Heart Attack Symptoms Can Be Different In Women

July 03, 2022

digital image of heart attack

The classic picture for the symptoms of a heart attack look like this: crushing pain in the center of the chest, radiating down the left arm, accompanied by shortness of breath and profuse sweating. Yes, these are classic symptoms if…

you are a man.

Women sometimes have these same symptoms but more often, the symptoms of a heart attack in a woman can look very, very different from this classic picture, leaving many women to be initially misdiagnosed. Although chest pain (angina) is the common overlapping symptom between heart attacks in women and men, women are more likely to also experience a constellation of other symptoms.

Heart Disease Is Number One

Many people believe that cancer, particularly breast cancer, holds the lead as the most prevalent fatal disease in women. But it’s cardiovascular disease that holds that distinction, and is the number one lethal disease in women, killing approximately one woman every minute!

Black and Hispanic women are at even more risk for cardiovascular disease than Caucasian women. Many Black women are completely unaware they are at increased risk and many Hispanic women, even though they are more likely than other racial groups to take preventative action for their families’ heart health, completely ignore their own health.

Heart Disease And Risk Factors For Younger Women

The numbers of younger women (those less than 55) who are having heart attacks is increasing. Not only that, but these younger women have twice the likelihood of dying after a heart attack than men of a similar age! This group has been largely ignored in past studies, but new research has identified seven risk factors that together account for the majority of the total risk in young women as well as young men. But surprisingly, four of these risk factors have a much greater impact on young women than men. These four factors are: high blood pressure, diabetes, depression, and poverty.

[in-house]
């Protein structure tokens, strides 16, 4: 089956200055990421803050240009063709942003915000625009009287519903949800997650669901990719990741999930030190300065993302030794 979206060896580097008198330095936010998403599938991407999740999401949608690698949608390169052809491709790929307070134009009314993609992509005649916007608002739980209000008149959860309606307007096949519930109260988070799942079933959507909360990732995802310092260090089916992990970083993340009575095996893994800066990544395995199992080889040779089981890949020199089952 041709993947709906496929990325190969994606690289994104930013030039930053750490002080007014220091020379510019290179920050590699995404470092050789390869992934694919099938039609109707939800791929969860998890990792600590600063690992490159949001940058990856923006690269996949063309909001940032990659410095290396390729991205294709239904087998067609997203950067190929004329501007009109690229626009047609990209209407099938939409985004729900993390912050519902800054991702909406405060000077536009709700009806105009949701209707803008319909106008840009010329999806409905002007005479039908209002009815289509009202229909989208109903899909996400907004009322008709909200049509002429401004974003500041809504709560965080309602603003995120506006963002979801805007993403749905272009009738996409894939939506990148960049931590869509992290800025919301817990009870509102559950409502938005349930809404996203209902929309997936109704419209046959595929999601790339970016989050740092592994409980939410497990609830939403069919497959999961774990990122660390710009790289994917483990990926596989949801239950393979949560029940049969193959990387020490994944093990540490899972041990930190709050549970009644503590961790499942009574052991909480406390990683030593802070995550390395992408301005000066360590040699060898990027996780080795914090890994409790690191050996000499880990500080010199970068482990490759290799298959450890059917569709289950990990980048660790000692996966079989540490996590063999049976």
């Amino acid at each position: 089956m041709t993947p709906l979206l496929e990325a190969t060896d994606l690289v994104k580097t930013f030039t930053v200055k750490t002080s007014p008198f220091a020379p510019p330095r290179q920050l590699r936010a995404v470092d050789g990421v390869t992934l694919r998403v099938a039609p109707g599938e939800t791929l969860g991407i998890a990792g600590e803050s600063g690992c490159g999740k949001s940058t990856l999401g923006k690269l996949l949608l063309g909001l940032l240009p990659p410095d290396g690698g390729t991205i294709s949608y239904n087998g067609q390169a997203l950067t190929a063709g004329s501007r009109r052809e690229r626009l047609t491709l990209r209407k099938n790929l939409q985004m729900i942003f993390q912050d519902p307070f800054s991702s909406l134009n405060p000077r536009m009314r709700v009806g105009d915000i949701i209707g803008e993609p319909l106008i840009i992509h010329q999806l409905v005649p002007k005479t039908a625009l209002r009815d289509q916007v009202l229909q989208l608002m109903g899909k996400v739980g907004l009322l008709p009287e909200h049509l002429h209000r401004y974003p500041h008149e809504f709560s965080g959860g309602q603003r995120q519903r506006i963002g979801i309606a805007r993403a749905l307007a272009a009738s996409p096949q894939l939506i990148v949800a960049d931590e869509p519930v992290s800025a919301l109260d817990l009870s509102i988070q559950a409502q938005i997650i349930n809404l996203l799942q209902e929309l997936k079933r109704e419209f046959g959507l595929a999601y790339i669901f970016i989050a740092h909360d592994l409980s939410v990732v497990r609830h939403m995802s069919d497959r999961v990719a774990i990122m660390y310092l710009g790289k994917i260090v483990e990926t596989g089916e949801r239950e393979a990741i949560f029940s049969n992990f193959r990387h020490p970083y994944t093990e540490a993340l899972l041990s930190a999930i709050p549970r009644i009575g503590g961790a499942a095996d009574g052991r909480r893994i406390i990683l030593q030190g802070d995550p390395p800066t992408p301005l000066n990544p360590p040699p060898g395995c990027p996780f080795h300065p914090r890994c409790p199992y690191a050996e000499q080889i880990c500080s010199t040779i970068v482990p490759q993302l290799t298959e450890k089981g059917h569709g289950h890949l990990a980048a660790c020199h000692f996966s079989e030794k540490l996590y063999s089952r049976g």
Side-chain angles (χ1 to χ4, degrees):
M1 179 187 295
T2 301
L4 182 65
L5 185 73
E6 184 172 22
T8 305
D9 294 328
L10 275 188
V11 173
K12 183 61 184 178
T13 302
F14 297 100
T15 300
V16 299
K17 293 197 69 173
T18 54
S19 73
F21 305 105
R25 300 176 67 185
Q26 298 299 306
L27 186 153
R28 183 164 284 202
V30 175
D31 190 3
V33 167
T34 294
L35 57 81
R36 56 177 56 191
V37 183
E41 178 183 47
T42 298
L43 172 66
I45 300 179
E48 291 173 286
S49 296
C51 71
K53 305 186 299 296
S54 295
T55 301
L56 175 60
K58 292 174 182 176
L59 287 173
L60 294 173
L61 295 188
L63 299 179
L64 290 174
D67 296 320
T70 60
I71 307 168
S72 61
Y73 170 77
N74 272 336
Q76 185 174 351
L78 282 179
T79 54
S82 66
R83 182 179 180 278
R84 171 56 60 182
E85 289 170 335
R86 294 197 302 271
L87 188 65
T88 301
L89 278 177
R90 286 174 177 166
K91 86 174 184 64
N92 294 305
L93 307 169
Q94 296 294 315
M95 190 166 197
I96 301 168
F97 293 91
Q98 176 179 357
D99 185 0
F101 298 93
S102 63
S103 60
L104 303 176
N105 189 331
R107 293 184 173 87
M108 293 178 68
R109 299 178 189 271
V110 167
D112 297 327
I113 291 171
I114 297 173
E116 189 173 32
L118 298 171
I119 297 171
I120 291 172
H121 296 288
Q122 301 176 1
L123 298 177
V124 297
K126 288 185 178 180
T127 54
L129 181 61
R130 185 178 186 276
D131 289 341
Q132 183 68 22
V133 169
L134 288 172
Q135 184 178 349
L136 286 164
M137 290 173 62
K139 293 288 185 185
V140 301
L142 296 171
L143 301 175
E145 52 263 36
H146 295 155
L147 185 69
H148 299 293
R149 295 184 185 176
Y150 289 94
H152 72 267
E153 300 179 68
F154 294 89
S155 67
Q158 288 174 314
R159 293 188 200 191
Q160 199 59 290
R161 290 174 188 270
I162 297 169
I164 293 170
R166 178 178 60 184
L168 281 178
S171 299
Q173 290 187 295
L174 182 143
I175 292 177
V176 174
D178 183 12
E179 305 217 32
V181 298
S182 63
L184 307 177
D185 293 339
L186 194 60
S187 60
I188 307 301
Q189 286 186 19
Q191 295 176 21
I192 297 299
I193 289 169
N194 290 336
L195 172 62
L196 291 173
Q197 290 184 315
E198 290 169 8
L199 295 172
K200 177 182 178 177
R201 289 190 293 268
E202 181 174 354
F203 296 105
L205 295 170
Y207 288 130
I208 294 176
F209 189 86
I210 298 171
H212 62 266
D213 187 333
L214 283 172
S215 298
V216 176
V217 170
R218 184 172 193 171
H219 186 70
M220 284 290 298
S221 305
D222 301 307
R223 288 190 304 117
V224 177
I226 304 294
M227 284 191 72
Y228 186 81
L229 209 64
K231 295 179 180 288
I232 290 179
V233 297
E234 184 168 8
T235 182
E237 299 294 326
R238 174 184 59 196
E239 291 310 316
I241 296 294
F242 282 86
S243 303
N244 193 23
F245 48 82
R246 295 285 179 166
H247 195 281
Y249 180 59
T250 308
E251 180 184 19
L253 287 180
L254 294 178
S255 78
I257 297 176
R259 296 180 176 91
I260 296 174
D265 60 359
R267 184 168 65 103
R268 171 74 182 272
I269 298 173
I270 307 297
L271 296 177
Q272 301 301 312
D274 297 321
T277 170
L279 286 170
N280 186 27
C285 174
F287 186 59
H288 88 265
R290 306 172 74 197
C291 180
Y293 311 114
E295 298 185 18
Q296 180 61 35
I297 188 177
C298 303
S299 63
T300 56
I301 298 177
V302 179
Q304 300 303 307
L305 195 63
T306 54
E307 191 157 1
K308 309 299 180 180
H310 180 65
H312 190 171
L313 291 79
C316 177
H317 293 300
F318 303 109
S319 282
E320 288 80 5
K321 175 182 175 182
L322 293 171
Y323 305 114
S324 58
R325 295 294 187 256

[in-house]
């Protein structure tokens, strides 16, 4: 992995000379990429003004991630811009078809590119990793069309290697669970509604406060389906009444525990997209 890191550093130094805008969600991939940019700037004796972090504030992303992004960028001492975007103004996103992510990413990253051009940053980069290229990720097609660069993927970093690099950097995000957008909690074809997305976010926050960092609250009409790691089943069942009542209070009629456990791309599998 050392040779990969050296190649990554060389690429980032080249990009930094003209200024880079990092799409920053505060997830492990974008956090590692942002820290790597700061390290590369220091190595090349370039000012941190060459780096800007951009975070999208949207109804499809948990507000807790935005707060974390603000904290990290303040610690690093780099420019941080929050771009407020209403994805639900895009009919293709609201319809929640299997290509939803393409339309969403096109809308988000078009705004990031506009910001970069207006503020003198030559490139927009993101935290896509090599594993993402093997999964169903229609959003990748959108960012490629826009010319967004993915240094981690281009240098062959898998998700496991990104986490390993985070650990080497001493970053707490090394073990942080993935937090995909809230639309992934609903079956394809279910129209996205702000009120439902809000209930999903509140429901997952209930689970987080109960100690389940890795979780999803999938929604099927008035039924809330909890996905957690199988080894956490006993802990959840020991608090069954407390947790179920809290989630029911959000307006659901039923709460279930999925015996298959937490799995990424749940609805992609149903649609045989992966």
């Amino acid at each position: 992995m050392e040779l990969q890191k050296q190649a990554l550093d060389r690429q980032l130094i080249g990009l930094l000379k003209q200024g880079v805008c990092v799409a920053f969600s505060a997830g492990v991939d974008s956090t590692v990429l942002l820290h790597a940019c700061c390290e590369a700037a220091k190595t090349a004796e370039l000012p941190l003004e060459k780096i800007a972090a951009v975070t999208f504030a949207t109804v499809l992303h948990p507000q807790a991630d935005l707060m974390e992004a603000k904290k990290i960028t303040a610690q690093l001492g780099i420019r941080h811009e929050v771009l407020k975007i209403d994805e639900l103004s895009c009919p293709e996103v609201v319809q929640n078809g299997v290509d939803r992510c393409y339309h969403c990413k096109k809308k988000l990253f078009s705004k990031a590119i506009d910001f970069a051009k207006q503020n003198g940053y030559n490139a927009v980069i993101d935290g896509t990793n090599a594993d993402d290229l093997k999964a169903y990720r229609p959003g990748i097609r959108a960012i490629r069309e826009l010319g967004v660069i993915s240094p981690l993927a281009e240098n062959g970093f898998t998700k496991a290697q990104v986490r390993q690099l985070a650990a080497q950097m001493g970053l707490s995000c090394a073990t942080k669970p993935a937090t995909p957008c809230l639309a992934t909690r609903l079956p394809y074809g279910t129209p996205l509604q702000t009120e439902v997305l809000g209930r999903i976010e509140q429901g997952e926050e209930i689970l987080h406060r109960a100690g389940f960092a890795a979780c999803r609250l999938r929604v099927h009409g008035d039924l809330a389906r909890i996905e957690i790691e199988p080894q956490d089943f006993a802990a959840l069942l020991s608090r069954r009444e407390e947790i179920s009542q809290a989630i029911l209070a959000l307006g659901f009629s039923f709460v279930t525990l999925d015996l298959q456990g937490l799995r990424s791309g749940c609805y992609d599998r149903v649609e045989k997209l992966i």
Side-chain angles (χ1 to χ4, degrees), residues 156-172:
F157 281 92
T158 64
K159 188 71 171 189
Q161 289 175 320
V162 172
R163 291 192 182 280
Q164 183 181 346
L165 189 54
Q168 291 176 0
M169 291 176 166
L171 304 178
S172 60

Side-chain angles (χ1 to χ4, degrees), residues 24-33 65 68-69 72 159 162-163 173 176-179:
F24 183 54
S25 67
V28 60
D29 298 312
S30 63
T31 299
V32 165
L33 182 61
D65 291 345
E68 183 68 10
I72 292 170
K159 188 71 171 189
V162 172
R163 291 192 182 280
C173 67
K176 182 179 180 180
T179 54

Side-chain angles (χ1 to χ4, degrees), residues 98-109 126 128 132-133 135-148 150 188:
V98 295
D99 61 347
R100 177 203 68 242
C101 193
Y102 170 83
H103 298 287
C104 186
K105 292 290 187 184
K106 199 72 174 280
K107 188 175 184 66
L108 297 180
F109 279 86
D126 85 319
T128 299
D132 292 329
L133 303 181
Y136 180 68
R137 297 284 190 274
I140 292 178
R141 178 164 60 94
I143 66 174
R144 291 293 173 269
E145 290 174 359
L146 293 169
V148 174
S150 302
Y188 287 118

Many women put their families first and are much more likely than men to blame their symptoms on anything other than a heart attack, such as the flu, acid reflux or indigestion or even blame their symptoms on just getting older.

Women’s Heart Attack Symptoms And Younger Women’s Risk

While a woman can certainly present with all the “classic” symptoms of a heart attack, it’s important to look at how many women experience this event. Keep in mind that in spite of the dramatic movie scenes in which a man having a heart attack clutches his chest, gasps for air and then collapses in the street, a heart attack doesn’t always make itself known quite so dramatically.

If, as a woman, you do experience the “classic” symptoms they are:

One - an uncomfortable squeezing or pressure in the center of your chest. This can also be experienced as a fullness or even frank pain. This sensation lasts more than just a few minutes or it can go away and then return.

Two -shortness of breath, which may or may not be accompanied by chest pain

Women are also more likely than men to experience nausea and/or vomiting. Pain can also be in one or both or your arms, in your back, your neck, jaw or even your stomach. You may also experience lightheadedness or even extreme fatigue and all of these may or may not be accompanied by chest pain. Plus, keep in mind that it’s important as a woman younger than 55 not to fall for the idea that you are too young to have heart disease. Take these symptoms seriously, as this can save your life.

Call 911 Now!

If you are experiencing any of these symptoms, call emergency services immediately. Do not drive yourself to the hospital. With early diagnosis and rapid treatment, much or all of the heart damage that can occur in a heart attack can be prevented.

Of course, the best thing to do for your health is to prevent heart disease before it happens. See your physician for a check up to determine if you may be at extra risk. If you smoke, ask your physician for help in stopping and if you use alcohol do so only moderately. High blood pressure and being overweight or obese are also risk factors. Speak to your physician about getting help with these as well.

 

Take the time to put in preventative measures such as a healthy diet, regular exercise and stress control. Stay heart healthy! As a woman, you owe this to yourself, your family and your community, as you have so much to give.



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